Peace and grace, I love
The human race, but the world
Is a cruel place
It would no longer be possible for a doctor, nurse or teacher currently on the public payroll to lose their job for wearing a cross or hijab in the workplace in a toned down “values charter” presented Thursday by Bernard Drainville.
But, in the future, new hires would not have such a right and would have to understand the state must not only be secular it must appear to be, Drainville said.
Conceding the original Parti Québécois government’s charter of values tried to change too much too fast, Drainville — a candidate for the party leadership — retreated on several key elements of the original bill he tried to steer into law while minister of democratic institutions in the former government.
He said his new package better respects the body of opinion on the matter.
My objective is to rally a certain number of people who were against the charter
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ST-JEAN-SUR-RICHELIEU — PQ MNAs woke up to some good news Wednesday morning: it seems Quebecers have a renewed interest in their Charter of Quebec Values.
“Secularism is a good means to put a wall in front of this radical current because it tells them don’t try to impose upon our schools and hospitals and public institutions your religious agenda,” said PQ MNA and leadership candidate Bernard Drainville. “We’re telling you in advance our state is neutral here so don’t try to impose things that are not reasonable.”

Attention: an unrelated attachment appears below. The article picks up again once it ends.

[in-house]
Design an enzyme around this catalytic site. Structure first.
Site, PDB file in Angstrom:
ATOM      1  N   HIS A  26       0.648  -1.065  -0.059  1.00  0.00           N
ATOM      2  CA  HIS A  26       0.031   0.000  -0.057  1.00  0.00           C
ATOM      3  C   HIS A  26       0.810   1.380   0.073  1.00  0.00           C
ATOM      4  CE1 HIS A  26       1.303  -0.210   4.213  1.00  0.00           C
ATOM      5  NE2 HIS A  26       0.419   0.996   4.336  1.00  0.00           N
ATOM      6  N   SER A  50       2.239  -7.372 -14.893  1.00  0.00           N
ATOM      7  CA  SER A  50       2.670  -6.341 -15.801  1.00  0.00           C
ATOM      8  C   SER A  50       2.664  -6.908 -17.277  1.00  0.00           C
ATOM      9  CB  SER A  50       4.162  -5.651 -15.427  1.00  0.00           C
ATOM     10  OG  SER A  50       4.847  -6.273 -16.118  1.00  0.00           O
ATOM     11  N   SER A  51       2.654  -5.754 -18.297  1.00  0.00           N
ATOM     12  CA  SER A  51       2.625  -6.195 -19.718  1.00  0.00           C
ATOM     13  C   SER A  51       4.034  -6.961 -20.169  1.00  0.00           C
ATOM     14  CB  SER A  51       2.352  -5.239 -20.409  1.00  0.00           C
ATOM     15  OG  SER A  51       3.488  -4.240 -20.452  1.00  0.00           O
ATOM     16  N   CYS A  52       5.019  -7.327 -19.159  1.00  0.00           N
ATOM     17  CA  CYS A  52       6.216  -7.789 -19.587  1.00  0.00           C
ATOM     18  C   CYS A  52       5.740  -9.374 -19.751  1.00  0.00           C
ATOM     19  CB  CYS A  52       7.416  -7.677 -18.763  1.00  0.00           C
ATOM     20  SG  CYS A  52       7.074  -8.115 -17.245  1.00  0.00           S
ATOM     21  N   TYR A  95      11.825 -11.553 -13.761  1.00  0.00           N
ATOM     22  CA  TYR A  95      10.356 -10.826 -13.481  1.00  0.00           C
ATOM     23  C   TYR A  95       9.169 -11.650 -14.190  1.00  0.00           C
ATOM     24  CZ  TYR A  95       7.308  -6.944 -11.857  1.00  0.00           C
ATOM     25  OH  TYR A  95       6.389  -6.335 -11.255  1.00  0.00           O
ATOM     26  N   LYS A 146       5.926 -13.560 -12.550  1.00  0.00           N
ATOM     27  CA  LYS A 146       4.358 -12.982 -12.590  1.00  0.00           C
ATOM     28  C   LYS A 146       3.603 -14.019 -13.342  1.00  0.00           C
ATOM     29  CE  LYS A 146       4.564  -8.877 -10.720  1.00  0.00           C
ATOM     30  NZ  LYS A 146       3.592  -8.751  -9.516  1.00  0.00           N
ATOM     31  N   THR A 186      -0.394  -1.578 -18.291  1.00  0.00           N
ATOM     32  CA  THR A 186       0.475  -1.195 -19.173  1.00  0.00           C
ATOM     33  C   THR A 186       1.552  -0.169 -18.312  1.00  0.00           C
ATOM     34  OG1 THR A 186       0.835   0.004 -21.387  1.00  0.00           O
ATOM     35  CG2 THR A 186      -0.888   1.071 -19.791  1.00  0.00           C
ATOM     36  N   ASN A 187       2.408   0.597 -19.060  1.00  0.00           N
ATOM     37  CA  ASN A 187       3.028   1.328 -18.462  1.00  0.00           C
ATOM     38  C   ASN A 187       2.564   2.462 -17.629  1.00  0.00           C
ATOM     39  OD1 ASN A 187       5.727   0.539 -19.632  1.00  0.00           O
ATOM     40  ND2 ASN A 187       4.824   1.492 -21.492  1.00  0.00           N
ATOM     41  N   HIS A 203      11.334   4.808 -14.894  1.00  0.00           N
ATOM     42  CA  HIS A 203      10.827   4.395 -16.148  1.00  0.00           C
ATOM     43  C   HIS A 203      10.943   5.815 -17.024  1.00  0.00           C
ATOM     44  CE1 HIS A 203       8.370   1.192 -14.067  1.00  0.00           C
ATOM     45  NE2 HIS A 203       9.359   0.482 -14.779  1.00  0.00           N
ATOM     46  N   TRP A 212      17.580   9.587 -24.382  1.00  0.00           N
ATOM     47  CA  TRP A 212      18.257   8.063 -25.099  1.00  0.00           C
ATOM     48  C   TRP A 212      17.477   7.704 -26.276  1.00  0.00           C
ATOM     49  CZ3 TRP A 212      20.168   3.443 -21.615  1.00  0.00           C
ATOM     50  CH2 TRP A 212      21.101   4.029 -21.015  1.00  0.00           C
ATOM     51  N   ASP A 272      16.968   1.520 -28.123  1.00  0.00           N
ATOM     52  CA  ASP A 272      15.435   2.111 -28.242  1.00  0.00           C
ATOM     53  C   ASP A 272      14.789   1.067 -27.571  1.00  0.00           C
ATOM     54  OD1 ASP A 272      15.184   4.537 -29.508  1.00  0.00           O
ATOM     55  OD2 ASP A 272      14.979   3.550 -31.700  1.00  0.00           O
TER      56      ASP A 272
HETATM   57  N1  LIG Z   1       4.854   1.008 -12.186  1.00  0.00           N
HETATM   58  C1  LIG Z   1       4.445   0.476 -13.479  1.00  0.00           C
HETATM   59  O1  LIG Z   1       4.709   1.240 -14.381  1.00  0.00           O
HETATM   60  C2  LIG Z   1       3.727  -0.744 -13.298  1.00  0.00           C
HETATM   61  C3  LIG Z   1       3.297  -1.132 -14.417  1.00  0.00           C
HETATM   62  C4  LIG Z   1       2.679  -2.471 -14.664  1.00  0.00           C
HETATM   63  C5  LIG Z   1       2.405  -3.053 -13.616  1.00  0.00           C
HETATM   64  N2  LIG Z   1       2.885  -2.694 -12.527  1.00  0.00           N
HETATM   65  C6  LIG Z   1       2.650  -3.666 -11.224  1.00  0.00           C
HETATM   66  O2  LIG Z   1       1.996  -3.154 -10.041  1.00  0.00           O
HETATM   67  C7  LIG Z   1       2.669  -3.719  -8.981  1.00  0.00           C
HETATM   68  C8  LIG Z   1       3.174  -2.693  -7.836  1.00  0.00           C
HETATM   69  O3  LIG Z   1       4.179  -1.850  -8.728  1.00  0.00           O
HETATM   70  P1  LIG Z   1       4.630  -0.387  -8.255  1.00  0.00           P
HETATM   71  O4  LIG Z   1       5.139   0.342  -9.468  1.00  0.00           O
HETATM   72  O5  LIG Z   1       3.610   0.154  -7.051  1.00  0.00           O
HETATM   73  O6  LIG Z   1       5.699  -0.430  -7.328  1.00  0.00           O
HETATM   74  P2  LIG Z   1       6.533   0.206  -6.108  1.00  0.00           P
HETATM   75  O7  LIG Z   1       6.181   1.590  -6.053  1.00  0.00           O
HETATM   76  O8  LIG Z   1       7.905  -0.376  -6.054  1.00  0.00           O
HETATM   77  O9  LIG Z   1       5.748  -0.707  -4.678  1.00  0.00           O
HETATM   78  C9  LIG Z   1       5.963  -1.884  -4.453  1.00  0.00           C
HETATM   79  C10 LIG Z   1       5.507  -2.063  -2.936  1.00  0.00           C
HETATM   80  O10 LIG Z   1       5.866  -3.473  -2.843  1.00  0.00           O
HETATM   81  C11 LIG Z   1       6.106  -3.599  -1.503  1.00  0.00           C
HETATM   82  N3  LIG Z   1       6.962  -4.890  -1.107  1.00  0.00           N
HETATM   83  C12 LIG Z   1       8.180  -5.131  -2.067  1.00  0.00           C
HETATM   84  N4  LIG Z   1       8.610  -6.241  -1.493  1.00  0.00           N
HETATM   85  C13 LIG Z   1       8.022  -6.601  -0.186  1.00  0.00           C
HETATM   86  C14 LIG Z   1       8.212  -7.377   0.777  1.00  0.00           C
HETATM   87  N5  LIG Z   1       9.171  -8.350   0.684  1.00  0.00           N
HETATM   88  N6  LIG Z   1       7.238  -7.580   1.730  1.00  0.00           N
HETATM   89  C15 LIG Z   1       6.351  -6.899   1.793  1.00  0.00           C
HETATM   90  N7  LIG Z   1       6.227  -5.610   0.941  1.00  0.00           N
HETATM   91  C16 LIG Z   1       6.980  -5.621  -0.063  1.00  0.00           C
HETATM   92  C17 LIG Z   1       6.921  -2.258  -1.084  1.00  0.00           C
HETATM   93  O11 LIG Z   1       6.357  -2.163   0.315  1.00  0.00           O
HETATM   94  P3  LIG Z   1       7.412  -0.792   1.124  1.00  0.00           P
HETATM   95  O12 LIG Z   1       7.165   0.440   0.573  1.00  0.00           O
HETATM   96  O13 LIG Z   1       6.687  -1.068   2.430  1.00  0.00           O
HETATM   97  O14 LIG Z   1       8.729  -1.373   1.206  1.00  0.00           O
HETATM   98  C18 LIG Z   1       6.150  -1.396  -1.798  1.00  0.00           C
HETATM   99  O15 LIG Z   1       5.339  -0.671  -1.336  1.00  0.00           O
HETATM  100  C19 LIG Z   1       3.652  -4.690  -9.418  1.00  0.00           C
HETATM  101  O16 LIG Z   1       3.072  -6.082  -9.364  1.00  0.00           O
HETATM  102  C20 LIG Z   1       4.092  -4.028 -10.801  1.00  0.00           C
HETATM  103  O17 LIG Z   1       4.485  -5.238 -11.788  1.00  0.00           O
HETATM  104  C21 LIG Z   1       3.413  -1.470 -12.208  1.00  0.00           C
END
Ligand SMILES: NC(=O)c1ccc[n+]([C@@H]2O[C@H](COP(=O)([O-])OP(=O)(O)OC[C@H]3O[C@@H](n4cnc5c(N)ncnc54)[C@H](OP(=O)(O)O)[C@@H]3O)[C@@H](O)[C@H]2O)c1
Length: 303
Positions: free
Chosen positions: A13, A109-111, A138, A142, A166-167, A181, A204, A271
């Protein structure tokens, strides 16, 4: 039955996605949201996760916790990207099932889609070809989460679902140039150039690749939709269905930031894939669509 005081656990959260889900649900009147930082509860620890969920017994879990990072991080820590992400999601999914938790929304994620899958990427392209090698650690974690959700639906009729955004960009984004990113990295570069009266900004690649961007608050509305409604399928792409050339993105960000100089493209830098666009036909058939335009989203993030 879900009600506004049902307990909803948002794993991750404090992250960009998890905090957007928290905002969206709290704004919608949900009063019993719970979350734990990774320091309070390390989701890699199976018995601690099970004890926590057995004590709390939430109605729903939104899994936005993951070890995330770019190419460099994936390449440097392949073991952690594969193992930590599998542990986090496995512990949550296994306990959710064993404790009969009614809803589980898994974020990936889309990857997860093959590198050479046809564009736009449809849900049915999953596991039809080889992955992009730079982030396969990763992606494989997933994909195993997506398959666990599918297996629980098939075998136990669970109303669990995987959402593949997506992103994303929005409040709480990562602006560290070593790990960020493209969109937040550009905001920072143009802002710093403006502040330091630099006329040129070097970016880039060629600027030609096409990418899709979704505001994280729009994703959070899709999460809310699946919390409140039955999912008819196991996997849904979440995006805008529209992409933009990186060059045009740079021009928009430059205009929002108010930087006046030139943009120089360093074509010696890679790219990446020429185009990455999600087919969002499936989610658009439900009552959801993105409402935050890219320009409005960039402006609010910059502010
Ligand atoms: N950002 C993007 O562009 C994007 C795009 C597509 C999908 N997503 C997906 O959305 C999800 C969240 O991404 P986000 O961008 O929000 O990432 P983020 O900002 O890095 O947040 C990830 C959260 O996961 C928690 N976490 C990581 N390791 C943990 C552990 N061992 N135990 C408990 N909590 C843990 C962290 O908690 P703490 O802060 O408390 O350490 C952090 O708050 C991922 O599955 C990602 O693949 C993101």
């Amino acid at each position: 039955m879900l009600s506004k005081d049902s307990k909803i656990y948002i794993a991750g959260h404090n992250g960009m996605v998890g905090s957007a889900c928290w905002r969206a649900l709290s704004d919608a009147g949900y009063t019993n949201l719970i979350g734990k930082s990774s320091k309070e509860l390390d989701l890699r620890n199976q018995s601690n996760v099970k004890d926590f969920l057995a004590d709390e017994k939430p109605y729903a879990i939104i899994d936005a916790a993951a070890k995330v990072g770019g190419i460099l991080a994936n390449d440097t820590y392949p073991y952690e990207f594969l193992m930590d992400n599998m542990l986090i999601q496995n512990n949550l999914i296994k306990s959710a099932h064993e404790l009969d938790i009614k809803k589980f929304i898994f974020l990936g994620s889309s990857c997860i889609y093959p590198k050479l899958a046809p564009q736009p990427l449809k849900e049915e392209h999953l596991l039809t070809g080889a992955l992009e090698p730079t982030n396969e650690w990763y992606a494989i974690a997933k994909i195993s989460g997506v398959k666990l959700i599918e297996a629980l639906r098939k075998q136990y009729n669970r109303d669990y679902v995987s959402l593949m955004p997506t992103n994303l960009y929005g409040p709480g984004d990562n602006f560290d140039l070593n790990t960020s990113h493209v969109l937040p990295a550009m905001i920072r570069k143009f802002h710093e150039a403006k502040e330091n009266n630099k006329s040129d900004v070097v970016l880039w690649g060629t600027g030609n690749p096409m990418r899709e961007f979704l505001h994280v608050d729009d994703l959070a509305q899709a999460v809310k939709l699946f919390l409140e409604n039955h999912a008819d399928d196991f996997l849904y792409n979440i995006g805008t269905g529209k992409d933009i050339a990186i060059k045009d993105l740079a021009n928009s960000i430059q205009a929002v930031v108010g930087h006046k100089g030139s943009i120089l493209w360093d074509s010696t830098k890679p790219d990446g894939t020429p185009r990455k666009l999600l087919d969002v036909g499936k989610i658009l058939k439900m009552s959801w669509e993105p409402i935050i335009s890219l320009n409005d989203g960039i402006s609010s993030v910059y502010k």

Support for the charter plummeted during the last election but terrorist attacks in Paris seem to have changed the way Quebecers feel about immigrants.
A new SOM-Cogeco poll suggests one in six Quebecers has a more negative perception. Sixty-eight percent of Quebecers polled (after distribution of the undecided) say the province needs a Charter of Values. Of that number, 74 per cent are…
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According to The Rule of Life of the Community of Jesus, the handbook of The Community of Jesus, an ecumenical Benedictine monastery located in Orleans, Mass., “Our common life is… sustained and directed through a mutually recognized order of governance, articulated in this Rule of Life and built upon the legitimate exercise of authority and the free exercise of obedience” (14). The Rule of Life states that shared life is based on a good relationship between authority and obedience. Yet why would anyone grant the claims of authority? How could this form of governance possibly bode well for each and all?
1. Examples of bad authority. “Because I said so.” “That’s just the way we do things here.” “If you don’t like it…” “It is what it is.” “That’s just the law, Buddy.” “Take it or leave it.”
2. Examples of bad obedience. “I’ll do whatever it is you…
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I don’t want to preach
I want to be a silent
But strong example